Nothing is without risk. Chernobyl is known as the disaster involving nuclear energy and, as bad as it was, it killed 57 people and contributed to cancer in as many as 4,000 people out of about 600,000 exposures. But a lot has been learned since then and I'm sure a lot will be learned from the Fukushima incident, as it should. I think its very appropriate to address safety and redundancy systems in light of these incidents, and based on what was learned from these incidents, but to put a hold on nuclear energy development is, I believe, learning the wrong lesson here.

    Notice the sign in this guy's hands. I don't know if the death toll for coal production is right but I know that a large number of people have died because of years of coal mining and mining related accidents.
    Last edited by groovy; 03/17/2011 at 03:56 PM.
  6. #26  
    Quote Originally Posted by GuyFromNam View Post
    Maps of Nuclear Power Reactors: UNITED STATES


    Map of the San Andreas Fault


    Three guesses how much nuclear material would be 50 ft tsunami'd all the way over the North Pacific and completely devastate Asia. I apologize in advance if this is somewhat inaccurate, but these concerns are legitimate. We live on a relatively unstable planet, and the use of nuclear energy is not without risk. Questioning whether the risks are worth it, is not unfortunate, but intelligent.
    I understand your point GFN. But I'm talking about the plants specific to the midwest (Illinois) area. We are not on a fault line like San Andreas, and yet the local media trying to make a local tie-in to a world story, are doing nothing but fear mongering in the name of local ratings.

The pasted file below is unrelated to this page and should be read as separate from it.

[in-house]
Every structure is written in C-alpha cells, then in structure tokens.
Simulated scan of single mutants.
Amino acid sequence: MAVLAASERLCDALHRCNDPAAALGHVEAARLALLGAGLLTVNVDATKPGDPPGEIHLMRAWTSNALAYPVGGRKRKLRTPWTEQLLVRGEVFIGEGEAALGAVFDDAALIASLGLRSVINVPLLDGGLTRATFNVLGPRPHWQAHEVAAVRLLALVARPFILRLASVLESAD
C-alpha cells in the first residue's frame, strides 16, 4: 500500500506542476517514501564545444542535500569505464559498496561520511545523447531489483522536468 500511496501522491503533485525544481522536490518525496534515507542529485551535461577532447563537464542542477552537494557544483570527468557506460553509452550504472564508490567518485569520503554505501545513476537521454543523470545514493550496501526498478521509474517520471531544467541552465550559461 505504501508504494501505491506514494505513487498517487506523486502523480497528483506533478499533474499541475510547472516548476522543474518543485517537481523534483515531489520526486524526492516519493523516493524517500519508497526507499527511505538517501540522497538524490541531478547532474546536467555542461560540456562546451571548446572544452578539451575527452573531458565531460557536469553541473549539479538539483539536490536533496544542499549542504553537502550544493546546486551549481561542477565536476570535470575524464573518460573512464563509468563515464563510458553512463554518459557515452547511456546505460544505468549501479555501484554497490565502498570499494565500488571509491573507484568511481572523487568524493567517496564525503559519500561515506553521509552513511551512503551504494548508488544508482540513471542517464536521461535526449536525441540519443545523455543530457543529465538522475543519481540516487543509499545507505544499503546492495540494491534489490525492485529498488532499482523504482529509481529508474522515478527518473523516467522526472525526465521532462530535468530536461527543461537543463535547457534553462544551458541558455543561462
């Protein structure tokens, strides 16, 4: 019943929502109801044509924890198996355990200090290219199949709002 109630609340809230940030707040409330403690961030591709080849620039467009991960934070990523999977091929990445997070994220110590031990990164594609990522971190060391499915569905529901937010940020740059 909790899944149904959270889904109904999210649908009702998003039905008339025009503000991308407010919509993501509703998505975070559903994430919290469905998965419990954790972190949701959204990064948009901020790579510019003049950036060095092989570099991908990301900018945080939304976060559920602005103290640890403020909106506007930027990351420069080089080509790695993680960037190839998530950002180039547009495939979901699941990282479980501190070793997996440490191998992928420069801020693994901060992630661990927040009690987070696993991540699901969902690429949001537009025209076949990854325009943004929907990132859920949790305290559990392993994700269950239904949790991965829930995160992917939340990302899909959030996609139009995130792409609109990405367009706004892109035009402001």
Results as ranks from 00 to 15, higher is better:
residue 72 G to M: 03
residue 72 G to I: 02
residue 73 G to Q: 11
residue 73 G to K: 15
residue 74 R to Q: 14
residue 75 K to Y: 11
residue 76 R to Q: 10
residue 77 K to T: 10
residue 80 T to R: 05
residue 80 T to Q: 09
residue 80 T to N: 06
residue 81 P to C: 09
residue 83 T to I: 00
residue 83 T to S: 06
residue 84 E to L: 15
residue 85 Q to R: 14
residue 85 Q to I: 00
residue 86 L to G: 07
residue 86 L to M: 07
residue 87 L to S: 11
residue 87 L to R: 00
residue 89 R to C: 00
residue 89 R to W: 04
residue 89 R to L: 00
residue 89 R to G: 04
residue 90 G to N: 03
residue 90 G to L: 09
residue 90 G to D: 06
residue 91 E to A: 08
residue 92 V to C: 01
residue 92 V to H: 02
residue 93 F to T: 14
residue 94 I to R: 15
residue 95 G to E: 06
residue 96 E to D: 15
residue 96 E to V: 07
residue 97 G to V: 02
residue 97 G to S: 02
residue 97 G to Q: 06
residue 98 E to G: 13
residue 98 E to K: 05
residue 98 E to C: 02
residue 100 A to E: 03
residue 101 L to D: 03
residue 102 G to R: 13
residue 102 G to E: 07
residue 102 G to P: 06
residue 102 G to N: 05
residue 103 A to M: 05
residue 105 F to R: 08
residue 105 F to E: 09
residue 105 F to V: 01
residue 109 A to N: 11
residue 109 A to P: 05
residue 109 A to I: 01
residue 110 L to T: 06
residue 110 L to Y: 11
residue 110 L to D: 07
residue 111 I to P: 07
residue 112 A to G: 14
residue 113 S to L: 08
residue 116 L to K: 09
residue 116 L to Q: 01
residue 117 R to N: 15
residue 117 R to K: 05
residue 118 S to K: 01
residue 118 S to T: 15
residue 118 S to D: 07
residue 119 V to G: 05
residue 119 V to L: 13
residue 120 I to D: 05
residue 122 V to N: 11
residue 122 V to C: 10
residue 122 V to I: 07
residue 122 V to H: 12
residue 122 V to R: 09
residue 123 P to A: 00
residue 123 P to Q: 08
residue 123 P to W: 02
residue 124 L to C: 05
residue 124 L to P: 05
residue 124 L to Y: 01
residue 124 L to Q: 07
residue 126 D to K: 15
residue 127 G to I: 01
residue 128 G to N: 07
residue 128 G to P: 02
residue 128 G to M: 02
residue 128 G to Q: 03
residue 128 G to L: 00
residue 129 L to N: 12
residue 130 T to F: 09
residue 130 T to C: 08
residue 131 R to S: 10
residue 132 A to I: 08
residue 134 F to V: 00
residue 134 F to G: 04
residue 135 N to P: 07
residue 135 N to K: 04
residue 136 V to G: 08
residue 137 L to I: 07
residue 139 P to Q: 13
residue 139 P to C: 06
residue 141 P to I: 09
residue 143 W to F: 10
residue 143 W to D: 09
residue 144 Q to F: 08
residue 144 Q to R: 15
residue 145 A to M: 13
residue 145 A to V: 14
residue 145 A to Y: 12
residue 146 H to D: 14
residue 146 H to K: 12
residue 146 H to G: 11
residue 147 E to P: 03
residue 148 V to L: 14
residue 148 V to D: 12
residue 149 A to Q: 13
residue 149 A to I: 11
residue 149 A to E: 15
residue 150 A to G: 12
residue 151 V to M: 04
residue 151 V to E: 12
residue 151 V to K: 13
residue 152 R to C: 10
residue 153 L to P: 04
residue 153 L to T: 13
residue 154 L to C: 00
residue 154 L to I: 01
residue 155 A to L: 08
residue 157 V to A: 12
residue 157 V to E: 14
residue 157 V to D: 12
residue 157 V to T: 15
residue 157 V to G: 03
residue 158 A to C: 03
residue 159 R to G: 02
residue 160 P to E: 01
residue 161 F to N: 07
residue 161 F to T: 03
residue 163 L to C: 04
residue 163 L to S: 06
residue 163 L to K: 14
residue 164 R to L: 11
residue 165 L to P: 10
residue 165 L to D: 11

Last edited by groovy; 03/17/2011 at 04:06 PM. Reason: removed .gov domain image
  7. #27  
    Quote Originally Posted by GuyFromNam View Post
    I did not suggest or advise putting a hold on nuclear energy development, did I? I'm saying the concerns are legitimate.

    And a San Andreas nuclear catastrophe is not an idea from another world. It's as real as it is uncertain. I'm certainly no expert though, but it's not hard to imagine that part of the US not surviving another 100 years above sea level.
    That fault has EMC prediction written all over it. But that's just the fear talking
    Totally agree. It's sad to see the radiation leakage and those being exposed. The fact is that the leakage out of the plant in Fukoshima has caused it to be evacuated and many workers now cannot proceed on their mission to avert a meltdown. I think our zeal for nuclear energy cannot overshadow safety concerns. Japan is just as earthquake prepared and technologically advanced as we are in the US if not more so. As I drive by San Onofre, a large nuclear facility on the beach in earthquake prone southern cal I can't help but imagine what would happen if a major earthquake hit off the coast there. In light of what has happened in Japan, it's certainly not panicking or or over reacting for us to take this opportunity to carefully reassess the safety issues and disaster preparedness of our own nuclear plants here in the US.
    Last edited by cellmatrix; 03/16/2011 at 08:00 AM.
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    #28  
    Quote Originally Posted by cellmatrix View Post